Sorting Through the TFOS’s New Report on Dry Eye
What are the most important points to remember regarding the Tear Film & Ocular Surface Society Dry Eye Workshop’s definition and classification report on dry eye disease? A member of the workshop’s committee presented her thoughts during the American Academy of Ophthalmology’s 2018 annual meeting in Chicago.
Esen K Akpek MD, Bendann Family Professor of Ophthalmology at Johns Hopkins University School of Medicine’s Wilmer Eye Institute, reviewed the new definition, addressed who to screen and how best to do that, and presented changes in the dry eye management algorithm.
The revised definition: “Dry eye is a multifactorial disease of the ocular surface characterized by a loss of hemostasis of the tear film, and accompanied by ocular symptoms, in which tear film instability and hyperosmolarity, ocular surface inflammation and damage, and neurosensory abnormalities play etiological roles.”
“Loss of homeostasis and tear film instability are the two primary factors that define dry eye and perhaps differentiate it from other ocular surface diseases,” noted Dr. Akpek. “Ocular surface changes are secondary.”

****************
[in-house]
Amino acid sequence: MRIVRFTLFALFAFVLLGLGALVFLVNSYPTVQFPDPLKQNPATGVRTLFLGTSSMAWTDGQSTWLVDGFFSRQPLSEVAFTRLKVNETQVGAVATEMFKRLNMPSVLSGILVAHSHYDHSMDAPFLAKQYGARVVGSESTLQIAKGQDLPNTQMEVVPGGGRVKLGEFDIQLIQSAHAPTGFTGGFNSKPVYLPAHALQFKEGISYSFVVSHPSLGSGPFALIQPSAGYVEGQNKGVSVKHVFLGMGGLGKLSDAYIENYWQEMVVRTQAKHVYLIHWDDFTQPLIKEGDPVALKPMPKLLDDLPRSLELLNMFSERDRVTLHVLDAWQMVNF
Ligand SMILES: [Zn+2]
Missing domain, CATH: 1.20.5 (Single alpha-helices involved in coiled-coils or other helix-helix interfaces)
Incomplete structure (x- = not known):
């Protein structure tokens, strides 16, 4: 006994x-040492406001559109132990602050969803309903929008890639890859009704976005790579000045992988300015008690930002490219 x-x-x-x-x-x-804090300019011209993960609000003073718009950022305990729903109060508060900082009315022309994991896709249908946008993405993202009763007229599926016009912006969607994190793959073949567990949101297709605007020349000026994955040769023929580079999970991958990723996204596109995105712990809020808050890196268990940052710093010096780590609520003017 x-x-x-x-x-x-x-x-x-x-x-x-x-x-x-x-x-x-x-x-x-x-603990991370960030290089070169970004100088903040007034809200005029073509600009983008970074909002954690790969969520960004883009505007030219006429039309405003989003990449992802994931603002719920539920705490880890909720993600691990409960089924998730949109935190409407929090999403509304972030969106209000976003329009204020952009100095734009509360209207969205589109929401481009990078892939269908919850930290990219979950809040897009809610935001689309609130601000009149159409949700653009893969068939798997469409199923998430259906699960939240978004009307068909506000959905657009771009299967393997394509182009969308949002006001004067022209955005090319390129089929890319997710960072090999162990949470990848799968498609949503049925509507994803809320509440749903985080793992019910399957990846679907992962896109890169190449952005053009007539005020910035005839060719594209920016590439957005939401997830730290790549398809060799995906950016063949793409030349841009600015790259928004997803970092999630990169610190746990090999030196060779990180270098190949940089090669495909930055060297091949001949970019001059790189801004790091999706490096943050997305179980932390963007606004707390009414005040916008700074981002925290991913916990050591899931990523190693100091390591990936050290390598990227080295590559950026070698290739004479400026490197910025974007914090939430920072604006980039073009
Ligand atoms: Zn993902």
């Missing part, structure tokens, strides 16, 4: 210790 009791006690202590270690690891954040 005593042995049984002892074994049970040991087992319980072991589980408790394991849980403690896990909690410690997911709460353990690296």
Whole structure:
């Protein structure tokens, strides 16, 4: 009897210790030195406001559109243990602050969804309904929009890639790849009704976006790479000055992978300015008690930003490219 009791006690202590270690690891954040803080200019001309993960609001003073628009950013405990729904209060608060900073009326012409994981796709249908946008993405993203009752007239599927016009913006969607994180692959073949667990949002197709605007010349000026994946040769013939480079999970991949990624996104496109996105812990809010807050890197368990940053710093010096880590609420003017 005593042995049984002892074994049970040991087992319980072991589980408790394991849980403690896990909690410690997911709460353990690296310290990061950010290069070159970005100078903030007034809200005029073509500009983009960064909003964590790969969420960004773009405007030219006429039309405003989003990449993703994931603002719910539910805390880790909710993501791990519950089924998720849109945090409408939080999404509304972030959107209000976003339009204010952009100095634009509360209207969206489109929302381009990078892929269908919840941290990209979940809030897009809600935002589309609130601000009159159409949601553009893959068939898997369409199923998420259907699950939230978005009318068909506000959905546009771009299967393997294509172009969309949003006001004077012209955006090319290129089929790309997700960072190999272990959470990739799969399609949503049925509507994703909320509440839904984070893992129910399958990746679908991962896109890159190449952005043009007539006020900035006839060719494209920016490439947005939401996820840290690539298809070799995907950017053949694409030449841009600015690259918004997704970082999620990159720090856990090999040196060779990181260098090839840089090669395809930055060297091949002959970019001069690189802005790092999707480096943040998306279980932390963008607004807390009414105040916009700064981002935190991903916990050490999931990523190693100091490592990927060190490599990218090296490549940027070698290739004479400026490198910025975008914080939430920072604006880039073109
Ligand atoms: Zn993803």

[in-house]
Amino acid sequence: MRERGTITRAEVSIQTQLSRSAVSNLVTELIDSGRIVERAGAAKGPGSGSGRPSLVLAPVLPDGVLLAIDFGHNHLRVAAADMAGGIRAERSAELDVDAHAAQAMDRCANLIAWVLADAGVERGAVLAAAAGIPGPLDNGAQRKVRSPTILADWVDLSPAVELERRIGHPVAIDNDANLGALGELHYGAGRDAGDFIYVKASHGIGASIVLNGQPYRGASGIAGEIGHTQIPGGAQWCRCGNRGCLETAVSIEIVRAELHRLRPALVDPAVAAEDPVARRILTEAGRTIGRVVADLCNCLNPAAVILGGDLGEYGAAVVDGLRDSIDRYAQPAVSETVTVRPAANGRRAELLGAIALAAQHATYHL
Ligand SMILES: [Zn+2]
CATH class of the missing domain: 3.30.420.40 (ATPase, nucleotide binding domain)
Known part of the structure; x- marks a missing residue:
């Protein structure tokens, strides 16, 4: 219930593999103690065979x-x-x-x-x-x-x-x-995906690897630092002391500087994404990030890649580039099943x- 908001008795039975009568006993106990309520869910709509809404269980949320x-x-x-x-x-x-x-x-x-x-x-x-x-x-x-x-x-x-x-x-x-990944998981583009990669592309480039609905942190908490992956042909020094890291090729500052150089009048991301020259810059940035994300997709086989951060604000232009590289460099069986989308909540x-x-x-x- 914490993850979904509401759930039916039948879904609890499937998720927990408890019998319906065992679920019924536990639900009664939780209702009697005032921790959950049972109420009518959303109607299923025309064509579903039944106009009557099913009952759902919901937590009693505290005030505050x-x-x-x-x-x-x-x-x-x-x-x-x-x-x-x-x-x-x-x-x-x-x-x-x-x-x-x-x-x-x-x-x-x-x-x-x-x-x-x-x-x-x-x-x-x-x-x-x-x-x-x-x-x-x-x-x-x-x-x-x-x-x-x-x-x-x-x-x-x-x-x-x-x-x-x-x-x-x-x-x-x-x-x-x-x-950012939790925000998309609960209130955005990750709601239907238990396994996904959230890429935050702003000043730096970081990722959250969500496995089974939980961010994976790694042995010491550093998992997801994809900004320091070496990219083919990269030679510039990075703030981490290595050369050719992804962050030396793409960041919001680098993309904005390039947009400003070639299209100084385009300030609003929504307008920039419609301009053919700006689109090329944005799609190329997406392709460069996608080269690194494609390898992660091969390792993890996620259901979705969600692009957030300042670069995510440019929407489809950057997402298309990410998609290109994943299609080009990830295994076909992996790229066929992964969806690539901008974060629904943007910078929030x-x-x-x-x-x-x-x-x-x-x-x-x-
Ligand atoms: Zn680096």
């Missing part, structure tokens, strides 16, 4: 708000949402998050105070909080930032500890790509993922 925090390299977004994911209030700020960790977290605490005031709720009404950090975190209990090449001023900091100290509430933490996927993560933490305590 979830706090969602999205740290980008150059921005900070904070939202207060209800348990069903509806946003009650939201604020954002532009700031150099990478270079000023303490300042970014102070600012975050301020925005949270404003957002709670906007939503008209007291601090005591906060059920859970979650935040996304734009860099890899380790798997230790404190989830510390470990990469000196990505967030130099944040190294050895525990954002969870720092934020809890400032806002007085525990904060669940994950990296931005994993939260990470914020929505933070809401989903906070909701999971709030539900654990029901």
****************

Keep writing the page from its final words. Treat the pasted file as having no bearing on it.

With regards to screening, the accompanying diagram “tells me is that all patients who have an eye evaluation should have an ocular surface and tear film evaluation regardless of whether they may or may not have dry eye. Obviously, risk factors should be considered, but dry eye has to be assessed [in all patients]. And patients who are symptomatic or have risk factors need more detailed evaluation.
The committee recommends these two screening questionnaires:
- The DEQ 5. “The important thing here concerns the answer to question 3,” she explained, which asks: During a typical day in the past month, how often did your eyes look or feel excessively watery? “If a patient answers ‘never’, immediately think about Sjogren’s syndrome and evaluate that patient accordingly.”
- Ocular Surface Disease Index (OSDI). “I like this screen because it evaluates and incorporates visual function of the patient into the questionnaire.”
As for testing, Dr. Akpek said her gold standard is ocular surface staining. “I use lissamine green for conjunctiva, and fluorescein for the cornea. It really doesn’t take much effort, and it is very inexpensive.”
The 4-step management algorithm includes certain recommendations that have been moved from step 3 to step 2, including the use of in-office treatments such as intense pulsed light, MiBoFlo, and LipiFlow. Additionally, the recommended use of topical corticosteroids and immunomodulatory drugs are now moved up to step 2.
You can see the full revised management algorithm here.
Akpek E. DEWS II: How Might This Affect Your Approach to Dry Eye Patients in the Future? Talk presented at: AAO 2018 annual meeting; October, 26-30, 2018; Chicago.